This is Nashville.
Much has been made of walls in the public discourse today, whether they should be built, or what benefits there are to being a flower upon one. The walls of Nashville tell many stories, and I’m sure that the flies upon them could tell remarkable tales of the last 250 years, since Donelson and Robertson erected the first.
Growing up I was oblivious to most things. I grew up in Green Hills and Belle Meade Boulevard and its ancillary juts were common thoroughfares, as I was carted around by my mother through my adolescence. Anyone who has spent time in West Nashville has seen them. The grey stone walls serving as fences around the homes of Nashville’s elite. Walls that appear structurally as that any mere gust or shove could topple them, but what they stand for has held firm in Nashville for generations.
These walls were built when the west side of our city was completely enthralled by the farm-land of the Belle Meade Plantation, which still stands today. These walls watched slaves gather cotton under the whip of their master, whose great-great-great grandson now plays golf inside of the same walls at the Belle Meade Country Club.
If these walls could talk what would they say?
Perhaps they would tell tales of cruelty and injustice and how much the city has grown. Maybe they would tell the story of horses turning to cars and mass transit, or gossip of scandals that have ripped through our local government to this day. However, I don’t think that much has changed.
Obviously I am hyperbolizing and acknowledge the successful reforms that time has slowly dragged along, the divide between black and white in this town still festers in wealthier portions. East Nashville long was the white haven of the city, and our town’s black residents were relegated across the river to the city’s west. In 1916 this all changed. A fire ripped through the white section of the town and quickly left 3,000 white residents homeless, and they immediately laid siege to the west portion of the city, leaving the black residents to the ruins of East Nashville. This stayed the same for nearly one-hundred years, until the evils of gentrification, that I have explained in posts prior, showed the great white fiscal saviors of New Nashville committing a mass genocide of established culture and nabbing trendy real estate from people who had inhabited that side of town not out of tradition, but because the charred rubble was no longer good enough for the town’s fair skinned devils.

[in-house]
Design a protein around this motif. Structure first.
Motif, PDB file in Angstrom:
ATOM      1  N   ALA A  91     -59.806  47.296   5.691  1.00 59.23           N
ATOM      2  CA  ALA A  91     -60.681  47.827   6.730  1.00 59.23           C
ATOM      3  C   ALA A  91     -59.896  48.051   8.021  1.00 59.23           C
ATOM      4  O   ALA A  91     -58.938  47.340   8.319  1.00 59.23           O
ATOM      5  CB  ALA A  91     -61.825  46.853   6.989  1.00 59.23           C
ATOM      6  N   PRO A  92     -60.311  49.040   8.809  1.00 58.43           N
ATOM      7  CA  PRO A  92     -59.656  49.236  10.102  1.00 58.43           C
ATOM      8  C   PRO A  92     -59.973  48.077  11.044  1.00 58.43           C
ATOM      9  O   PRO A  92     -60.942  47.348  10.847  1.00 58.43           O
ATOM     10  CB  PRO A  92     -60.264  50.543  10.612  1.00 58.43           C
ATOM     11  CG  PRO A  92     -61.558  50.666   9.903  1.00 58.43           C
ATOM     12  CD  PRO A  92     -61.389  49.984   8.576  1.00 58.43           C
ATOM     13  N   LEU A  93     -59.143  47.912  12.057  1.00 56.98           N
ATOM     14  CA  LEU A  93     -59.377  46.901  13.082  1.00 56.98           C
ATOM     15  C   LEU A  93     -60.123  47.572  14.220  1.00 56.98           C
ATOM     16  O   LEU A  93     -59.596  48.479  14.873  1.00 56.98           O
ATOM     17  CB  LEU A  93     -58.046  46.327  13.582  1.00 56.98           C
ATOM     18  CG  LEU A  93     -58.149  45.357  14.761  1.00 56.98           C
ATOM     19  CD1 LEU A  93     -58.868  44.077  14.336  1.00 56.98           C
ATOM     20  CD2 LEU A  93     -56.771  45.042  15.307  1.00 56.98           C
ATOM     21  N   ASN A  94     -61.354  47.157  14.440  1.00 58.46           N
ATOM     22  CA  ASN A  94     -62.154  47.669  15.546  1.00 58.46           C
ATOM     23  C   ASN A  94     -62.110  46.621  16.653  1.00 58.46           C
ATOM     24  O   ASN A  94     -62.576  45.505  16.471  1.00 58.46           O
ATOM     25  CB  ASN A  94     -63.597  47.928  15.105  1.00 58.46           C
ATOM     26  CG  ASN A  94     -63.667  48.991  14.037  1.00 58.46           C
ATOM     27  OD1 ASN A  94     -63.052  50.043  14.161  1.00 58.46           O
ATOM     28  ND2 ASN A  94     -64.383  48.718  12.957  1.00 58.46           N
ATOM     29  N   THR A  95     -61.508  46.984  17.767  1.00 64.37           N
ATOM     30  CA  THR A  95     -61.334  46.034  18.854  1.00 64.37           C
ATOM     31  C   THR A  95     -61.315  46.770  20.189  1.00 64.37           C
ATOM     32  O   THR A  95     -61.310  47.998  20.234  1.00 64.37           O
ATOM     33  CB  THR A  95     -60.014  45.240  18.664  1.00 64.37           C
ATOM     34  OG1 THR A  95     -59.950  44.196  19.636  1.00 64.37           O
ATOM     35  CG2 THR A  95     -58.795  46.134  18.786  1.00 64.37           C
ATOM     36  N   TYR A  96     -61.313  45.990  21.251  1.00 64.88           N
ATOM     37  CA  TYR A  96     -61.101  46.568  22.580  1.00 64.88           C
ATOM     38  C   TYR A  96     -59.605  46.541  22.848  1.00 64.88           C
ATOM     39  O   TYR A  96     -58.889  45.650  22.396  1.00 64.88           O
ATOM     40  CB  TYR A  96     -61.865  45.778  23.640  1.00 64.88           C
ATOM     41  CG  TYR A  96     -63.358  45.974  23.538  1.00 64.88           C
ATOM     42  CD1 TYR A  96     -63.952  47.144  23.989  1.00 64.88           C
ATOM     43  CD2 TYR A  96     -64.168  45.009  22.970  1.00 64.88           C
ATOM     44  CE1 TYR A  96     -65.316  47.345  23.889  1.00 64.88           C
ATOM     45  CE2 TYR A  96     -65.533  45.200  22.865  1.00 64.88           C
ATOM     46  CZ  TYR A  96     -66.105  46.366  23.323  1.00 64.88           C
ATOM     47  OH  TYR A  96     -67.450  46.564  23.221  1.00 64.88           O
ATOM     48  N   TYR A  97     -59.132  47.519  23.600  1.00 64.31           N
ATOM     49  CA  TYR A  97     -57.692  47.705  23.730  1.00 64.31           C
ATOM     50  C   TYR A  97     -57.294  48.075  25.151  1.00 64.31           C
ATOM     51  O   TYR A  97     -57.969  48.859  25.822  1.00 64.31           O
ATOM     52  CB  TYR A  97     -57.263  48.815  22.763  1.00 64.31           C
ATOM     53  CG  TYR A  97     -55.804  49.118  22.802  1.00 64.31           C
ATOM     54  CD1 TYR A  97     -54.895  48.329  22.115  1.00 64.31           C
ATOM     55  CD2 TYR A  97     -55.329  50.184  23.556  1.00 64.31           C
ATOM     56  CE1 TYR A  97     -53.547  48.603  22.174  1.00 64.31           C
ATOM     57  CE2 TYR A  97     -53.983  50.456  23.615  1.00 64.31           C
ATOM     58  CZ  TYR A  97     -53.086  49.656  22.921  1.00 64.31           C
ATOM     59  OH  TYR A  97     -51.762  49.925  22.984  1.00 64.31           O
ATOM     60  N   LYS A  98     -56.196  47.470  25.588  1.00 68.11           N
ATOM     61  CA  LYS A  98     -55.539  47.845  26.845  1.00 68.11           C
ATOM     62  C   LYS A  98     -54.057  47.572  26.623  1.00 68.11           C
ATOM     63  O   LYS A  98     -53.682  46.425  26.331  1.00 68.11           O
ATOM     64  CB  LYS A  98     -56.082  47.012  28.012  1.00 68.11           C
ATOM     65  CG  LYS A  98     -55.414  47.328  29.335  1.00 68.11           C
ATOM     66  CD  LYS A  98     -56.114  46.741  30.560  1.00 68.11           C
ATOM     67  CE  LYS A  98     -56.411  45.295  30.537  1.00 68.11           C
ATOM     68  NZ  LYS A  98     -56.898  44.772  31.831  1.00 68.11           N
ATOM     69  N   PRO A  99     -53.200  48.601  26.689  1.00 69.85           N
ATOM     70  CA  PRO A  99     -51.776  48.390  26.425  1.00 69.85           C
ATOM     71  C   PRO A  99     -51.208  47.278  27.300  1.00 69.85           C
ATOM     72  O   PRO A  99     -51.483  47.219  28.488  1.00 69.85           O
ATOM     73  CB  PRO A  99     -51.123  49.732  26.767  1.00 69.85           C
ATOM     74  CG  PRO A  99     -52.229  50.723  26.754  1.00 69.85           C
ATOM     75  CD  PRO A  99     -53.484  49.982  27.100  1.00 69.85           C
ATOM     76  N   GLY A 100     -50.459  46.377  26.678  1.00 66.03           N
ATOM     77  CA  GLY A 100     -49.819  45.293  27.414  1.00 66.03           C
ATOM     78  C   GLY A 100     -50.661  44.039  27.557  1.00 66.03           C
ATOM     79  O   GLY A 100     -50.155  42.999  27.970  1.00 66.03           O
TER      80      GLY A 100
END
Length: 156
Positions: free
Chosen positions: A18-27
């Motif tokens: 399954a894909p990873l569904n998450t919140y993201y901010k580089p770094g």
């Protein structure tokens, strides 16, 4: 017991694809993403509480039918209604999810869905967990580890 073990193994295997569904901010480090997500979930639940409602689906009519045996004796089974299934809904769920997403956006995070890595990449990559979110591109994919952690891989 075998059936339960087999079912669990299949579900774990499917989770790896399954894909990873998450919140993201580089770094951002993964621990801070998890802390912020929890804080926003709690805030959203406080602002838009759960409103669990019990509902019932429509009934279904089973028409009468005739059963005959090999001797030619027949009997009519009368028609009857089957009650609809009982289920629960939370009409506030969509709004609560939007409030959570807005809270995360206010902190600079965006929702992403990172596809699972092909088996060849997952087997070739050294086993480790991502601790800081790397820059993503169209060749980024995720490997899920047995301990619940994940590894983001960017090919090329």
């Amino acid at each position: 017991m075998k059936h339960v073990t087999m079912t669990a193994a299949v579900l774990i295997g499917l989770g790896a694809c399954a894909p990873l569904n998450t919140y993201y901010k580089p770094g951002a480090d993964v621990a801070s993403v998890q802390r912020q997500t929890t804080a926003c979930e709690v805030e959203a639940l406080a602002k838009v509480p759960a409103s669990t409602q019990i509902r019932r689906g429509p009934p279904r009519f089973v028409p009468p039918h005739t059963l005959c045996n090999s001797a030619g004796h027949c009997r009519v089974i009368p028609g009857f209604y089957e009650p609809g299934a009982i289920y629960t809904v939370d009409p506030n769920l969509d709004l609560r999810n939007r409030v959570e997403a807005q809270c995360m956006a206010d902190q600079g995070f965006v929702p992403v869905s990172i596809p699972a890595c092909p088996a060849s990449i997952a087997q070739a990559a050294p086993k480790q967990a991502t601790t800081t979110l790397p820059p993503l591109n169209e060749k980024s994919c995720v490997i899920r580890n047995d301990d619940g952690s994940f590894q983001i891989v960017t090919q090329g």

I think this would be a good time to add some perspective. Yes, I am white and from the west side of town, and no this is not an 8-Mile like epithet of how I am trying to reconcile my color by beating you to the punch. I want to show how some of our city’s misgivings are so egregious that even a well-to-do white teenager in the thick of Nashville’s affluent can recognize racism and admit to my nepotic privilege.
The socioeconomics and geography of our city lend themselves to racism being allowed to fester. There is money in Belle Meade that has been multiplying since it was created by black hands picking white cotton from Nashville’s soft, rolling green hills. This money today buys political power, private education, and affords Nashville’s wealthy to ensure that it is never encroached upon by people of color. Kids today are sent to Ensworth and Montgomery Bell off of wealth accumulated from the times of slavery, so I don’t want to hear that, “it was 150 years ago,” and “it’s about time they got over it.”